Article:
Trademark dispute over Elk design

In an advisory opinion on trademark dispute over elk design, the Japan Patent Office (JPO) did not side with MOZ Sweden AB.
[Case no. 2023-600017, decide on December 15, 2023]

TM Reg no. 6582775

MOZ Sweden AB, an owner of Japanese trademark registration no. 6582775 for the MOZ mark with its iconic elk design (see below) in relation to electric blankets and other goods of class 11, attempted to stop distribution of wearable electric blankets (“disputed goods”) depicting 20 or 28 elk-motif silhouettes (“disputed design”) on the entire surface by NAKAMURA Co., Ltd.

Allegedly, MOZ sent a C&D letter to NAKAMURA on November 29, 2022 and demanded immediate cease and disposal of the wearable blankets based by claiming trademark infringement. NAKAMURA, for the purpose of settling the dispute, asked the JPO for an advisory opinion on April 14, 2023.

A screen capture from

Advisory Opinion Procedure

The Japan Trademark Law has provision for the Japan Patent Office to give advisory opinions about the scope of trademark right upon request under Article 28.

Proceedings of the advisory opinion system are almost the same as invalidation trials. Upon request from either party, the JPO appoints three examiners and orders the opposite party to answer the request in writing. Board seldom holds an oral hearing to investigate the case. In general, all proceedings are based on written statements and documentary evidence.

The advisory opinion by JPO does not have a binding effect, unlike the judicial decision. Accordingly, less than 10 trademark cases have been lodged with the JPO to seek the advisory opinion annually.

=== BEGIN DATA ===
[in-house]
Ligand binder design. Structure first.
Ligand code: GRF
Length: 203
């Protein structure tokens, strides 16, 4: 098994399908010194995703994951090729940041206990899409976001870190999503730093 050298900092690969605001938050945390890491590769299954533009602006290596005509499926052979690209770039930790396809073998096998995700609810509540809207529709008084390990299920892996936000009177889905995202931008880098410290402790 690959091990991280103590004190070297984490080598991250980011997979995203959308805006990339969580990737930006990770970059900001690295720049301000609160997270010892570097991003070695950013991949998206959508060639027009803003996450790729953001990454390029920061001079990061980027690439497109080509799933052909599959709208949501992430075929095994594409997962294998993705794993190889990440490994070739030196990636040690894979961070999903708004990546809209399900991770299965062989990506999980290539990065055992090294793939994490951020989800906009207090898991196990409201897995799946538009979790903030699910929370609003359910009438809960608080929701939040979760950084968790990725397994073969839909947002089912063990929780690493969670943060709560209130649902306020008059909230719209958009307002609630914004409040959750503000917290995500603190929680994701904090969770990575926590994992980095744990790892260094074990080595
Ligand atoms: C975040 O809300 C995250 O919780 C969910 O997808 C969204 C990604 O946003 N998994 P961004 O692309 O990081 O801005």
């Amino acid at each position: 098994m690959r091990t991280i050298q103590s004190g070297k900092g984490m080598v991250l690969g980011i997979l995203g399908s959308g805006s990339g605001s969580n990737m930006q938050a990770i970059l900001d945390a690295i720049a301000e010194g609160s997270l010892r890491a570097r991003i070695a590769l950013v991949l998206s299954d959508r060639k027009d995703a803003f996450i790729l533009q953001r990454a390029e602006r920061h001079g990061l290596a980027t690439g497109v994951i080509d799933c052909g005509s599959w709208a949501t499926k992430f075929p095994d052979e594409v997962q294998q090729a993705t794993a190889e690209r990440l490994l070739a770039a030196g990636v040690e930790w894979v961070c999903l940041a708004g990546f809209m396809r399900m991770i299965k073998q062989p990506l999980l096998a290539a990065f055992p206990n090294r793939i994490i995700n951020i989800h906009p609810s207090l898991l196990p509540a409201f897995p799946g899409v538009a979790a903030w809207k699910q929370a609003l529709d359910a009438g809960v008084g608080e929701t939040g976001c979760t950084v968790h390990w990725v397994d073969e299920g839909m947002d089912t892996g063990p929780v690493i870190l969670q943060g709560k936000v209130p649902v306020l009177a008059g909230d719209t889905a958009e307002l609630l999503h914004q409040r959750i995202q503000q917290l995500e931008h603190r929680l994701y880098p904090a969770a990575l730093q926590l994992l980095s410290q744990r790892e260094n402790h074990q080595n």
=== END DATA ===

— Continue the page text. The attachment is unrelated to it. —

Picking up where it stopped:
JPO Advisory Opinion

The JPO provided its advisory opinion to the case and decided the disputed goods would not be within the scope of right for TM Reg no. 6582775 by stating that:

  1. Unquestionably, the literal portion “MOZ” is dissimilar to the disputed design from visual, aural and conceptual points of view.
  2. Comparing the MOZ elk design with that of the disputed design, even though they share the same “elk” motif, there is a clear difference in the shape of the antlers, the outline of the face, the presence or absence of ears, eyes, and mouth. These differences give rise to a distinctive impression in the mind of viewers. Because of it, two designs are sufficiently distinguishable from appearance.
  3. Being that both “MOZ” and the elk design are respectively dissimilar to the disputed design, there is no reason to believe that the disputed goods shall be within the scope of trademark right and subject to enforcement even if both goods are identical.

Masaki MIKAMI, Attorney at IP LAW – Founder of MARKS IP LAW FIRM